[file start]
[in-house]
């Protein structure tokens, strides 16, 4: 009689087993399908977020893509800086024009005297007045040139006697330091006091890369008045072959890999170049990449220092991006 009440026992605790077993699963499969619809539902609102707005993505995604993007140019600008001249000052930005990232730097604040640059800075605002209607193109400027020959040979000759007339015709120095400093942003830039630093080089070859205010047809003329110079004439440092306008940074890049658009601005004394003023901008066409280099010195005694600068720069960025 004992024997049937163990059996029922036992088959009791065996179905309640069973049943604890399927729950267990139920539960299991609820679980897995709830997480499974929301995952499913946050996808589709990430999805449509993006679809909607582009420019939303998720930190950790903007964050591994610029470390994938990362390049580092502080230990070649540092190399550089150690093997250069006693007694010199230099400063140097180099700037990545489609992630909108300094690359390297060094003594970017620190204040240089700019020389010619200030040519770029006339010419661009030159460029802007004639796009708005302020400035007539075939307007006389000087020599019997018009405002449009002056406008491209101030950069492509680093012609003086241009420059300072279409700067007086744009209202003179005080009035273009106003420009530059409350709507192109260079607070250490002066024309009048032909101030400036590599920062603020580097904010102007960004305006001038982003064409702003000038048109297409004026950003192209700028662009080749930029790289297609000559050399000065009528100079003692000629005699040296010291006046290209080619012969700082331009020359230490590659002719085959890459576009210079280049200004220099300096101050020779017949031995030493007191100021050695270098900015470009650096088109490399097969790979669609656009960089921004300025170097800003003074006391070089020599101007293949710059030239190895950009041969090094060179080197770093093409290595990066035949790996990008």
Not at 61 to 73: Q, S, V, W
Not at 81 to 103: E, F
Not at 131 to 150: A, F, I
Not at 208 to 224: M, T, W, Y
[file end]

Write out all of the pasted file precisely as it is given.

[in-house]
């Protein structure tokens, strides 16, 4: 009689087993399908977020893509800086024009005297007045040139006697330091006091890369008045072959890999170049990449220092991006 009440026992605790077993699963499969619809539902609102707005993505995604993007140019600008001249000052930005990232730097604040640059800075605002209607193109400027020959040979000759007339015709120095400093942003830039630093080089070859205010047809003329110079004439440092306008940074890049658009601005004394003023901008066409280099010195005694600068720069960025 004992024997049937163990059996029922036992088959009791065996179905309640069973049943604890399927729950267990139920539960299991609820679980897995709830997480499974929301995952499913946050996808589709990430999805449509993006679809909607582009420019939303998720930190950790903007964050591994610029470390994938990362390049580092502080230990070649540092190399550089150690093997250069006693007694010199230099400063140097180099700037990545489609992630909108300094690359390297060094003594970017620190204040240089700019020389010619200030040519770029006339010419661009030159460029802007004639796009708005302020400035007539075939307007006389000087020599019997018009405002449009002056406008491209101030950069492509680093012609003086241009420059300072279409700067007086744009209202003179005080009035273009106003420009530059409350709507192109260079607070250490002066024309009048032909101030400036590599920062603020580097904010102007960004305006001038982003064409702003000038048109297409004026950003192209700028662009080749930029790289297609000559050399000065009528100079003692000629005699040296010291006046290209080619012969700082331009020359230490590659002719085959890459576009210079280049200004220099300096101050020779017949031995030493007191100021050695270098900015470009650096088109490399097969790979669609656009960089921004300025170097800003003074006391070089020599101007293949710059030239190895950009041969090094060179080197770093093409290595990066035949790996990008």
Not at 61 to 73: Q, S, V, W
Not at 81 to 103: E, F
Not at 131 to 150: A, F, I
Not at 208 to 224: M, T, W, Y